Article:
US ultra-low sulfur diesel was the latest product refined from crude oil to take a hit in its cash market last week, after refiners boosted production in a bid to flee poorer margins for other products more affected by coronavirus fallout.
Refining margins for gasoline and jet fuel have tanked because of decreased demand for transportation fuels as the disease outbreak has forced businesses to close and governments to push residents to avoid travel and public places.
For most of last week, diesel margins held up relatively well, as both trucking and farming, two sectors that rely on diesel, continued operating. But refiners’ move to turn to diesel is starting to cause oversupply in some regions, causing cash prices to fall, market participants said.
Cash prices for diesel in Chicago ULSD-DIFF-MC fell last week to 34 cents per gallon below the heating oil futures contract HOc1, the lowest seasonally since at least 2011, early Refinitiv Eikon data showed.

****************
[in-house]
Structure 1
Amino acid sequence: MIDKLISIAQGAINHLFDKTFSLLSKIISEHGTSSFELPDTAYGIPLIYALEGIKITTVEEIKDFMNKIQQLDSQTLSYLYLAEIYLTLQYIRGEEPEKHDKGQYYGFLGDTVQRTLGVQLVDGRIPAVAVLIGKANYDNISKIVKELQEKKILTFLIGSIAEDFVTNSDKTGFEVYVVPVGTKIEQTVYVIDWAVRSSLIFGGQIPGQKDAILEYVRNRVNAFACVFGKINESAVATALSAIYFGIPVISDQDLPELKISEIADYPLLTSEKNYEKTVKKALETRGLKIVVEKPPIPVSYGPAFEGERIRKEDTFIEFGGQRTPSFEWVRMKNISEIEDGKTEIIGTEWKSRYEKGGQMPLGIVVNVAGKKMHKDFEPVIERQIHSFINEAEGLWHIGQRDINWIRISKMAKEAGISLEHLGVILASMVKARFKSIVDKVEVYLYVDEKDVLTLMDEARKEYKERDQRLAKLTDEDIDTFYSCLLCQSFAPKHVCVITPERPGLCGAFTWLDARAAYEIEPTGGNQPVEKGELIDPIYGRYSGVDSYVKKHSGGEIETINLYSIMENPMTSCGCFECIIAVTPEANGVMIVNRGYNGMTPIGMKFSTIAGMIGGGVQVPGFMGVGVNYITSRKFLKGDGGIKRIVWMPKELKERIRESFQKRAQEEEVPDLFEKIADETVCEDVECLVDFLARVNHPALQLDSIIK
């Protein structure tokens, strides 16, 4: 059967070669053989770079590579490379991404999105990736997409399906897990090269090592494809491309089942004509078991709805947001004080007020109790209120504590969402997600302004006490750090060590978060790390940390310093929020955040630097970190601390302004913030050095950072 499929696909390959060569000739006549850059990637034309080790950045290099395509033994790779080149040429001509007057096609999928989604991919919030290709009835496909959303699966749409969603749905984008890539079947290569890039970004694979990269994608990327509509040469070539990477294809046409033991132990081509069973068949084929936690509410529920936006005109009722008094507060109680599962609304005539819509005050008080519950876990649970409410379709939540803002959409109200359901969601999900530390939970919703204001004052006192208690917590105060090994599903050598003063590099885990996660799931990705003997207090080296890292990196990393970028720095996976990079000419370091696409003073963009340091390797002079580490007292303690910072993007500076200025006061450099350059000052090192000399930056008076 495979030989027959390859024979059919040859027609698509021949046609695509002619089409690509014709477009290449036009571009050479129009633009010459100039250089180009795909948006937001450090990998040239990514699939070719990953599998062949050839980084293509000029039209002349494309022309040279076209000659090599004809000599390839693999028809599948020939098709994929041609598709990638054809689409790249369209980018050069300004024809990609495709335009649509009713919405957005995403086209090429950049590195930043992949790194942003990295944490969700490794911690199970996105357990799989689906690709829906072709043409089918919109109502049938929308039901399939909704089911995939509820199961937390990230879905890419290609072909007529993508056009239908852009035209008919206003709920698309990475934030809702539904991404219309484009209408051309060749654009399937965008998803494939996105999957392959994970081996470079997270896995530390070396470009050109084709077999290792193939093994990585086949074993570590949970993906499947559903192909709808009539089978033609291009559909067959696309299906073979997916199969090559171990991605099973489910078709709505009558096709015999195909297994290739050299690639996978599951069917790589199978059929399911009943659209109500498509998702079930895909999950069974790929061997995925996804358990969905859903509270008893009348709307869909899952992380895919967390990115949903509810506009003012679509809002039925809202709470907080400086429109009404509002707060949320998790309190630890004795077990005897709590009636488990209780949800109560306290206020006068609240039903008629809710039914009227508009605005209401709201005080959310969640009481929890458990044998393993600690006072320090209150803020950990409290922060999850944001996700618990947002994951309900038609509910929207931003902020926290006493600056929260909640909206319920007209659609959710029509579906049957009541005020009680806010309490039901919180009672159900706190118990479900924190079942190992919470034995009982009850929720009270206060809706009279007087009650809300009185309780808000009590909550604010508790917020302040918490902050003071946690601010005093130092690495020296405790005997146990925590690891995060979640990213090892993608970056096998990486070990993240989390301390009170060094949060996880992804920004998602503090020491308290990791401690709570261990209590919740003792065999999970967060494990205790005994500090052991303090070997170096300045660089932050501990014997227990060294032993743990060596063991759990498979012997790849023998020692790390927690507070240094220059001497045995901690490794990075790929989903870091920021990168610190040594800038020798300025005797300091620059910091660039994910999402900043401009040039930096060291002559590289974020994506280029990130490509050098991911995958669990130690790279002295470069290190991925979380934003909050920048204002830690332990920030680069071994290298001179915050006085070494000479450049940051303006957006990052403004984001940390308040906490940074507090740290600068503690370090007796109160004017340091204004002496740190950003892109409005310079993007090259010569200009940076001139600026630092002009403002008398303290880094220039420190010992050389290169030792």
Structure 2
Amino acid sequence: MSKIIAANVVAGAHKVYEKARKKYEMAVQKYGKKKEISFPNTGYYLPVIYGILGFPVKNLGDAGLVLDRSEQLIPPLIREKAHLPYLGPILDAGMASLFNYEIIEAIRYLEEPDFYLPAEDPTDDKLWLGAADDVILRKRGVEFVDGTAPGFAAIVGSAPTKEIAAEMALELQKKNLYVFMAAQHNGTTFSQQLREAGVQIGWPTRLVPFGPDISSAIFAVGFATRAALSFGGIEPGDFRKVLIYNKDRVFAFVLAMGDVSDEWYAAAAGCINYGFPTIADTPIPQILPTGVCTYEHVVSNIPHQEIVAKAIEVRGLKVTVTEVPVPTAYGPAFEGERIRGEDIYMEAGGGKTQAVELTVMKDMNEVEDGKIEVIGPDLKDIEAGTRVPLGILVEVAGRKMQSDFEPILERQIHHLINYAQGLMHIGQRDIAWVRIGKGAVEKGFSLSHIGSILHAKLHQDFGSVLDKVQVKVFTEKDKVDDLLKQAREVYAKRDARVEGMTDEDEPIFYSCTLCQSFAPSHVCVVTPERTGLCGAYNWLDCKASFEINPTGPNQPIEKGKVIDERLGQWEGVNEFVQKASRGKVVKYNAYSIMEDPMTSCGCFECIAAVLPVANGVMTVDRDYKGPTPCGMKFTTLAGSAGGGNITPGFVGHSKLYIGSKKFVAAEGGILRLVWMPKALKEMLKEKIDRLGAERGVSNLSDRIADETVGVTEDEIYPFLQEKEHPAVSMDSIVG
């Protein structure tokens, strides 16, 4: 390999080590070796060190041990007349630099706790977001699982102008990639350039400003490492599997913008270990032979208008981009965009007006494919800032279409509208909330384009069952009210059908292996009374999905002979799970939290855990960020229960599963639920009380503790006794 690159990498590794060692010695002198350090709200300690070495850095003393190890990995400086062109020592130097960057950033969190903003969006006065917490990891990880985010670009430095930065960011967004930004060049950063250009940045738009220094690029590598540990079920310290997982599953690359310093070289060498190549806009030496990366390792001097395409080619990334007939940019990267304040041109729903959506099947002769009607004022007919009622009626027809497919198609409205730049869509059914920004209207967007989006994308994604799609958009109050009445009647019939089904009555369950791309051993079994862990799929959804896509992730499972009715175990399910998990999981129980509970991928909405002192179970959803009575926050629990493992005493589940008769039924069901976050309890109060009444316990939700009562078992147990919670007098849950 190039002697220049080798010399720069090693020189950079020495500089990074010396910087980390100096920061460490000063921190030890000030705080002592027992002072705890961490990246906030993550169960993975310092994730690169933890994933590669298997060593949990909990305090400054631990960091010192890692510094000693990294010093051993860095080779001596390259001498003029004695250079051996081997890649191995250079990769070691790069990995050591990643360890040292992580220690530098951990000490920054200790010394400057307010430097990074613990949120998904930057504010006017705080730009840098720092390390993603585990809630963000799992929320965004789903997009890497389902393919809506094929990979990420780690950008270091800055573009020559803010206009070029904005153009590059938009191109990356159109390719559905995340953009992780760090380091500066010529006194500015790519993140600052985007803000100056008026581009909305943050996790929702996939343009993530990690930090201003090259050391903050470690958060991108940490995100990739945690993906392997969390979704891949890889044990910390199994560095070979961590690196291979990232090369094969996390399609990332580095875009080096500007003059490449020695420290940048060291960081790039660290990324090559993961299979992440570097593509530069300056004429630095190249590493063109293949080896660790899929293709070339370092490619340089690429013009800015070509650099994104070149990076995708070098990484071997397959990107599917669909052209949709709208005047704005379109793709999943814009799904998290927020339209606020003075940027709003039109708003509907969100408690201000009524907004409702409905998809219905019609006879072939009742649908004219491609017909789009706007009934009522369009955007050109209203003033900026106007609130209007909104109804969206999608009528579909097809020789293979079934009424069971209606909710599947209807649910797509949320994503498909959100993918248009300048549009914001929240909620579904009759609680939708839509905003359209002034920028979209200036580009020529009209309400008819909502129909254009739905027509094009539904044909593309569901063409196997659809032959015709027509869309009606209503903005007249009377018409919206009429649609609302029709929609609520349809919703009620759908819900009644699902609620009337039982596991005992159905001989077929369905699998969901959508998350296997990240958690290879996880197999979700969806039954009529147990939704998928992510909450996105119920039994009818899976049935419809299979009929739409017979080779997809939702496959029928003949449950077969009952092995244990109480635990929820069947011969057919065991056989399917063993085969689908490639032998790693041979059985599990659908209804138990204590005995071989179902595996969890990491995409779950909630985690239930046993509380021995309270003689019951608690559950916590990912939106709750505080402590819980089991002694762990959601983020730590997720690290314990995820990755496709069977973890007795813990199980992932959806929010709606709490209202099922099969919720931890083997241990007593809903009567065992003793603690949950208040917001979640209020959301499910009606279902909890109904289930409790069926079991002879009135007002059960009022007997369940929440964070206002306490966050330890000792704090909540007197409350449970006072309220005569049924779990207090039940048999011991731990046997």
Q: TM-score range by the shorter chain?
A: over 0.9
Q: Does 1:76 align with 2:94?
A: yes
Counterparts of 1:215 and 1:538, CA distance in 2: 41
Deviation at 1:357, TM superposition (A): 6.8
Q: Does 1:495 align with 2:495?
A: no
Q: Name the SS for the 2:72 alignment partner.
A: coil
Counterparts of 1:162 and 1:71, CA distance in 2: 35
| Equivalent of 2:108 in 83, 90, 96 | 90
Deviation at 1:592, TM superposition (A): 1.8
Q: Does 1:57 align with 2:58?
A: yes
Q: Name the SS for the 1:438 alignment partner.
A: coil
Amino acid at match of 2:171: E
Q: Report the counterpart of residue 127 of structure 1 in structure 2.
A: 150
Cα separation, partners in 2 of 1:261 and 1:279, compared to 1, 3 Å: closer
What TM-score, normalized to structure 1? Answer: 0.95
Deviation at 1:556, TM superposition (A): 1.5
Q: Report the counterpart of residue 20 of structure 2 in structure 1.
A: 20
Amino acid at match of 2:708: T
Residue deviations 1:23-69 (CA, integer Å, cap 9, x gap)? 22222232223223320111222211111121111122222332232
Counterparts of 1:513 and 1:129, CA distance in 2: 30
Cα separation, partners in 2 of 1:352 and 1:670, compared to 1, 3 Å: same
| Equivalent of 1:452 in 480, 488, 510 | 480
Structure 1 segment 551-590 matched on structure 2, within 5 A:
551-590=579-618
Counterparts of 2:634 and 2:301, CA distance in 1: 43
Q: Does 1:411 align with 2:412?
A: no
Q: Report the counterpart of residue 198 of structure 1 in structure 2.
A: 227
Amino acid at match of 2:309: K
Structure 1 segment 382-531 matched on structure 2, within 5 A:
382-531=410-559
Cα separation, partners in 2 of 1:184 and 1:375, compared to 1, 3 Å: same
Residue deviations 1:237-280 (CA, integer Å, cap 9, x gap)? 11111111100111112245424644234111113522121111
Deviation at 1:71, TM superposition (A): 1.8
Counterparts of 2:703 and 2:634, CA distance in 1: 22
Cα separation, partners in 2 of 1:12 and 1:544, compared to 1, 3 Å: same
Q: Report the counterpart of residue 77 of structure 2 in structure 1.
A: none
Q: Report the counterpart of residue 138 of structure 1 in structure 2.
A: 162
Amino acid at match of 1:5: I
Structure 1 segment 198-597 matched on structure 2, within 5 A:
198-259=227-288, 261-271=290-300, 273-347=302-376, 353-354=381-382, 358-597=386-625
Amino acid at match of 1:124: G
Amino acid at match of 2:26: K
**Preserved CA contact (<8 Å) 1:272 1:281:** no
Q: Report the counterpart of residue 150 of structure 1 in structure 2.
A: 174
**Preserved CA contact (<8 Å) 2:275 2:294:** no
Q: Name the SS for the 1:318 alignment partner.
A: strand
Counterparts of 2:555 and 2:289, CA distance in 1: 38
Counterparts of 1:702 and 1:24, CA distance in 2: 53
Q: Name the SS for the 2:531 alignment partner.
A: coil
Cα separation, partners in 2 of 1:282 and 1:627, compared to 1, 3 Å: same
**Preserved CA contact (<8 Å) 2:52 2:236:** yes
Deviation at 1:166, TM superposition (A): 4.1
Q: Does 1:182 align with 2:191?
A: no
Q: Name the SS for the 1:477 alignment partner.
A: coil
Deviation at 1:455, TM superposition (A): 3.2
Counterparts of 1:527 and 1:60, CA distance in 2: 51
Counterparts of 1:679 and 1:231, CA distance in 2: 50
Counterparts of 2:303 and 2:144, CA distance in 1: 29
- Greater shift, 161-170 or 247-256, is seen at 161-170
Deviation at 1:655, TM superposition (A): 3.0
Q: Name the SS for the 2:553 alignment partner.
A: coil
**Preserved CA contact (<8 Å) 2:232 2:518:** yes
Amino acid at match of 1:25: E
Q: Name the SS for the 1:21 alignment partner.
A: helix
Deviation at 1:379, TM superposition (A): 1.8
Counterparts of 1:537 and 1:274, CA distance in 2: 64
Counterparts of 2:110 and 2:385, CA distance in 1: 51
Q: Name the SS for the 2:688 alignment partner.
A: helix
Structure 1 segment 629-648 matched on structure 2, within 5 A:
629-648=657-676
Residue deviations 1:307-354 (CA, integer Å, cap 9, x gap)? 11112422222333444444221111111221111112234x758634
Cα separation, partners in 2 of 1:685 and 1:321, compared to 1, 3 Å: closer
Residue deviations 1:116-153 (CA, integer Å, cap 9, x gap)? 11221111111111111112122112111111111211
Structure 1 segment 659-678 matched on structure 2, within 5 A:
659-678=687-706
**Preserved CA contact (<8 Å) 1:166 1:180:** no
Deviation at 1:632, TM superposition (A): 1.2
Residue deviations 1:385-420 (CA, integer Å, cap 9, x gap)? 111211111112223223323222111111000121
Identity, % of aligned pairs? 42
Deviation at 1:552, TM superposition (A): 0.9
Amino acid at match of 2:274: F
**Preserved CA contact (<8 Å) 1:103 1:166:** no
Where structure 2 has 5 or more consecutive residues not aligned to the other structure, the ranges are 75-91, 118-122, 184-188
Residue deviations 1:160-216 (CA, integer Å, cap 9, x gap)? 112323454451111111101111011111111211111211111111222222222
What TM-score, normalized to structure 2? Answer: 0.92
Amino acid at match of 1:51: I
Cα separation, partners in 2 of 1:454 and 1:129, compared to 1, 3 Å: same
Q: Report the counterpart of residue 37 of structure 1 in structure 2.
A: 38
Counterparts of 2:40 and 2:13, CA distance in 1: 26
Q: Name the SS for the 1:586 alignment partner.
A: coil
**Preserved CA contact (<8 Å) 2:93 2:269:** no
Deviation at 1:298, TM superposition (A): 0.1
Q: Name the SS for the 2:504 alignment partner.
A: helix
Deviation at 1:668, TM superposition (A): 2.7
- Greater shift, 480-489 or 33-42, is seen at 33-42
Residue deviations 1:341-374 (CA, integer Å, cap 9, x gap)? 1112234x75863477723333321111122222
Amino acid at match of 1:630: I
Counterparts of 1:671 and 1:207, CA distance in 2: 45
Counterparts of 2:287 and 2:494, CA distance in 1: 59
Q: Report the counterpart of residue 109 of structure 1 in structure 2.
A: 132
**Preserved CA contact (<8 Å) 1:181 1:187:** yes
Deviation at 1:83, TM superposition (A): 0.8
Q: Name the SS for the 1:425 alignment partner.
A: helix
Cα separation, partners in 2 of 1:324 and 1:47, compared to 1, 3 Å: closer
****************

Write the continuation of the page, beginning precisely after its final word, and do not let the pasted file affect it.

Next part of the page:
Elsewhere in the Midwest ULSD-DIFF-G3 and on the Gulf Coast ULSD-DIFF-USG, prices were the lowest seasonally since 2016.
That could augur for declines in diesel refining margins HOc1-CLc1, which are still seasonally strong at $18.53 a barrel. Meanwhile, gasoline refining margins RBc1-CLc1 are at $3.55 a barrel, the lowest for this time of year since at least 2005, Refinitiv Eikon showed.
The coronavirus has curbed travel and driving as governments urge people to stay indoors.
Underscoring falling demand, Colonial Pipeline Co said on Thursday it would cut volumes on its primary lines delivering gasoline and diesel fuel to the US East Coast from the Gulf Coast.
Some say the only cure for the refining industry right now would be run cuts, leading to less supply and a potential salve for margins.
“If Colonial is the second most important source of supply and they aren’t full – then the demand destruction is biting,” said Sandy Fielden, director of oil and products research at Morningstar in Austin, Texas.